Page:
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Living Things and Non Living Things

Living Things and Non Living Things

Thursday, 8 December 2011

Assessment to identify Living & Non-living Things

Students will describe the characteristics that determine if something is living (ability to grow and change, reacting to its environment, needing a food/energy source, taking in gases, reproducing, and having cells), dead, or non-living.

Distinguish between living and non-living things and be able to tell what makes something living or non-living.

• Bag/Jar for collection
• Large Sheets of Paper
• Marker
• Collection of living (plant, leaf, twig, bug, pictures of animals and people) and nonliving (chalk, eraser, rock, sand, cup of water, plastic object, pencil, coin) things
• Magazines
• Scissors
• Tape

Initial Observation:
Divide the students into small groups (~4 per group). Tell students they are to collect 4 objects each from the playground. Take the class to the playground or other outside area. Allow 5-10 minutes for collecting specimens. Return to the classroom. Give the students 5-10 minutes to classify their groups – challenge groups to come up with several different classifications. Discuss the classifications, with particular emphasis on those that used living/non-living distinctions. Which classifications are best for science? Today we’re going to talk about one scientific classification – Living/non-living.

Target Observations:
• Objects can be classified by:
o Living/non-living
o Color
o Shape
o Hard/soft
• Living/non-living and Hard/soft could be used for scientific classification.

Target Model:
-Objects can be classified as Living or Non-living.

Ask the students what makes a living thing different from a non-living thing.
Living: They breathe (take in or release gases), take in energy (food), grow or change, made of cells, reproduce, react to the environment. This includes people animals and plants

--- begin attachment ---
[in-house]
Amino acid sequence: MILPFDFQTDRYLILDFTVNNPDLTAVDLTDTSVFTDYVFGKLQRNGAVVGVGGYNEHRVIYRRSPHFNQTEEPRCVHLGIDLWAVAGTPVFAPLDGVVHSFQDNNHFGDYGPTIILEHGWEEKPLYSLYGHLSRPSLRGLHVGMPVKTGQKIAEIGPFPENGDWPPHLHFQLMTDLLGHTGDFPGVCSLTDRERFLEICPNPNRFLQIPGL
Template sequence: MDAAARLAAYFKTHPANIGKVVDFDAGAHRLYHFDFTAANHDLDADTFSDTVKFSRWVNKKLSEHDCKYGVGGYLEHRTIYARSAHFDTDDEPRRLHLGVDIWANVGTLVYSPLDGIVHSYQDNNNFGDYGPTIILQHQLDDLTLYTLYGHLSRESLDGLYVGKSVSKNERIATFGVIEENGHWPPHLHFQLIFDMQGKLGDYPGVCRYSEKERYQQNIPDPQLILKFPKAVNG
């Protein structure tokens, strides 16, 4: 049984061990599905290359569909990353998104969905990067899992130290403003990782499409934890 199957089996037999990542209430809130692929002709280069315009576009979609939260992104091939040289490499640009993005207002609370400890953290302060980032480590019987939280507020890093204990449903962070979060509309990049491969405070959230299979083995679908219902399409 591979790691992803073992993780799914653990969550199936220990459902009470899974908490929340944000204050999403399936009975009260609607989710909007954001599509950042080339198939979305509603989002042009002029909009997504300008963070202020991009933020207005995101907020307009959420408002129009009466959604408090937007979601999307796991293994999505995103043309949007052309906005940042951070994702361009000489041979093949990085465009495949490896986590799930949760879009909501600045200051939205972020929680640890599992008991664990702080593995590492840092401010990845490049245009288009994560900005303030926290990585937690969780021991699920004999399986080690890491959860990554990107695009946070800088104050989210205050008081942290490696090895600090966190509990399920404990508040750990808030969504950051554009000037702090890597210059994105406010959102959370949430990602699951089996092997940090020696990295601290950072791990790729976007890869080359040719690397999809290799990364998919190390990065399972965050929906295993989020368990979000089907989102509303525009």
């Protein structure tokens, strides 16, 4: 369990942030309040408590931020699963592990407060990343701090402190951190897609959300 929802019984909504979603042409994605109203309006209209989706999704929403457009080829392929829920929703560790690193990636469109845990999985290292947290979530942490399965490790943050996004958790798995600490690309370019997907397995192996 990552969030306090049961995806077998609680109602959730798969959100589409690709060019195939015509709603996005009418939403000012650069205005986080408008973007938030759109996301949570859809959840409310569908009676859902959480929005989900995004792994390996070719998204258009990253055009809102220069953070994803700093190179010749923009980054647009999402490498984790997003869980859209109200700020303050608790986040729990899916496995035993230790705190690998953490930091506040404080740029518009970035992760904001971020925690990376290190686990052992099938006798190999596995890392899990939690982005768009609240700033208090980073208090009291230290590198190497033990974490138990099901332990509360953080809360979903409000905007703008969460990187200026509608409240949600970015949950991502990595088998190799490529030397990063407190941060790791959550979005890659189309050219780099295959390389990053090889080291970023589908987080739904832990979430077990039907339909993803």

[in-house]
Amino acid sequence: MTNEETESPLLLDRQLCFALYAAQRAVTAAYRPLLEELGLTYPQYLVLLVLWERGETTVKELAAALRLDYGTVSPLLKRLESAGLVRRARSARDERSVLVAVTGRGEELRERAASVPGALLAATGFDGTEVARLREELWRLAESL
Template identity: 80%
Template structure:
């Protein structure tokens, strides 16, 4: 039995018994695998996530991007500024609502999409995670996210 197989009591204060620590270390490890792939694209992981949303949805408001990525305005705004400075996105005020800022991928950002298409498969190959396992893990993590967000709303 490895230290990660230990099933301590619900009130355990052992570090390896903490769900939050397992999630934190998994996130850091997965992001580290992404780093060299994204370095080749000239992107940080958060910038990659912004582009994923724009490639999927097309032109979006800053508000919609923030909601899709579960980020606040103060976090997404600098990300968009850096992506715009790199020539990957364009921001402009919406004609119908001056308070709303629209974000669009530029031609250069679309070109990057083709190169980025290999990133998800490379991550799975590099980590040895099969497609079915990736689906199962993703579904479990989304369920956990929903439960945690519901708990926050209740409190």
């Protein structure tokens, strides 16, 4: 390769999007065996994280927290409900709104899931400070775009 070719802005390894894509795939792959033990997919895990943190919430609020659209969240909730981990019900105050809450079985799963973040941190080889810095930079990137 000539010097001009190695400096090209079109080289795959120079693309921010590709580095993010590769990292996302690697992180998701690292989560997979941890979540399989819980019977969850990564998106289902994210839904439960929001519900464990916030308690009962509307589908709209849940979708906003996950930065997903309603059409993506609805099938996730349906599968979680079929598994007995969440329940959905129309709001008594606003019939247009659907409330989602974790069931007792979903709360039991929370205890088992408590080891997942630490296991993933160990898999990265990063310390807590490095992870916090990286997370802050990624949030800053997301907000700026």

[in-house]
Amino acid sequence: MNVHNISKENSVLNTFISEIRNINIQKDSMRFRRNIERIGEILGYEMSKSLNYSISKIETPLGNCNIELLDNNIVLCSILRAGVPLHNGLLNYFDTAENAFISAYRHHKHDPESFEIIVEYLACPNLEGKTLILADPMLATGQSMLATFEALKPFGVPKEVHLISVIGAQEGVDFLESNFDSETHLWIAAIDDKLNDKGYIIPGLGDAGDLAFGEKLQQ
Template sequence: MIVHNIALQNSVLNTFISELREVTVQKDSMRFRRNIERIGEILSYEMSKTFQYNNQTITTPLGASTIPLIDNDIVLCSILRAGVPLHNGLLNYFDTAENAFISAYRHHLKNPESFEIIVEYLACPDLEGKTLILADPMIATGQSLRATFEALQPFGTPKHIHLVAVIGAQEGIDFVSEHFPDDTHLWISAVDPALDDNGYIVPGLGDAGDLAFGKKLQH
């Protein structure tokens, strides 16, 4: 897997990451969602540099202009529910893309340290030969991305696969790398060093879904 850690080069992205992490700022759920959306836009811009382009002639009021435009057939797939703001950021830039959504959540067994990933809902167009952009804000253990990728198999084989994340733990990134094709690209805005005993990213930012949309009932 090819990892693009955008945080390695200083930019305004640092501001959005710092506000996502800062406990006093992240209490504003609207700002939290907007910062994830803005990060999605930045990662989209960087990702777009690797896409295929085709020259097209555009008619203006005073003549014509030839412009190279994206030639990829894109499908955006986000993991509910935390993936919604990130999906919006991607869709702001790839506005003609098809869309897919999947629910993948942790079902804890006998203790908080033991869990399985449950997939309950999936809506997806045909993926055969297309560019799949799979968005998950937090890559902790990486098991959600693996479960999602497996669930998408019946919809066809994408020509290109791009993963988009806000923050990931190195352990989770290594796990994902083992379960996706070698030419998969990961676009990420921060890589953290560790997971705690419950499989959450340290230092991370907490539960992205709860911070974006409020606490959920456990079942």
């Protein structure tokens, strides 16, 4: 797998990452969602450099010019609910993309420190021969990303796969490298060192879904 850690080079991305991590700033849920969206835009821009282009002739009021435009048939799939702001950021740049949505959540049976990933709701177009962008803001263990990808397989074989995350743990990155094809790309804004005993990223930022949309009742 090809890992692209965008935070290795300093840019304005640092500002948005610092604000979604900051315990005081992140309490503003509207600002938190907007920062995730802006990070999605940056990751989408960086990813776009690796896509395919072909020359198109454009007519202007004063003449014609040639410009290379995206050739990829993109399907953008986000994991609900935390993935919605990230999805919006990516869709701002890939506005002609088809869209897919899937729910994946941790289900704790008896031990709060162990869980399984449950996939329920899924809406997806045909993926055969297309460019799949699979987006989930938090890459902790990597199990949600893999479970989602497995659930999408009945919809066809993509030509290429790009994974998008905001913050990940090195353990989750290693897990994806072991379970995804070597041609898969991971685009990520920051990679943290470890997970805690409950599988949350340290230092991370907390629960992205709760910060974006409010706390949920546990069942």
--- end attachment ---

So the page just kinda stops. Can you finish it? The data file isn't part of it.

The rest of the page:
Non-living: possess some of the characteristics of living things.
Once living: things that were once living (had all 6 characteristics) but are now dead.

Review common non-living things with living characteristics: exhibit one or several living
characteristics but not all of them:
Clouds: have ability to move and change
Water: ability to move and change, react to environment
Fire: needs oxygen, energy, grows and changes
Icicle: react to environment, move and change

Give each group a large piece of paper and a marker. Have the students fold their piece of paper in half. Tell the students to write the word ‘living’ on one side of the paper, and ‘non-living’ onthe other. Have all of the groups sort their objects into the living/non-living categories byfollowing the 6 criteria established above. As you monitor this activity, you may need to add to a group’s collection to insure that each classification is adequately represented.

After 10 minutes, call a halt to the activity. Call upon each group to share the objects in the living column. Ask students why they put specific items in that circle. For example, why didyou put the flower in the living circle? Students should respond with the definition of a living thing: alive now or was once alive. Have students carefully return the objects to the bag. Collect the bags.

Target Observations:
• Living things are things that have (or had) all of the following characteristics:
o Breathe (take in or release gases)
o Take in energy (food)
o Grow or change
o Made of Cells
o Reproduce
o React to the environment
• Some non-living things (like clouds, fire, and water) have a few characteristics of living
things, but not all.

Target Model:
-Objects can be classified as Living or Non-living.
-Living things are have all of the characteristics:
-Breathe (take in or release gases)
-Take in energy (food)
-Grow or change
-Made of Cells
-React to the environment
-Some non-living things have a few characteristics of living things.

Write the following words on the board and go through each of the six characteristics to decide if it is living or non-living. If it is non-living, which living characteristics does it have?
River (non-living): Moves/changes, reacts to the environment.
Icicle (non-living): Moves/changes, reacts to the environment
Tornado (non-living): Moves/changes, reproduces, reacts to the environment
Truck (non-living): Breathes, Take in energy, Moves/changes
Dog (living)
Tree (living)
Bird (living)

If there is still time, ask each student get a magazine and a pair of scissors. Tell each student to cut out different pictures of living and non-living things. They will place them on their group’s living/non-living paper and tape them down.

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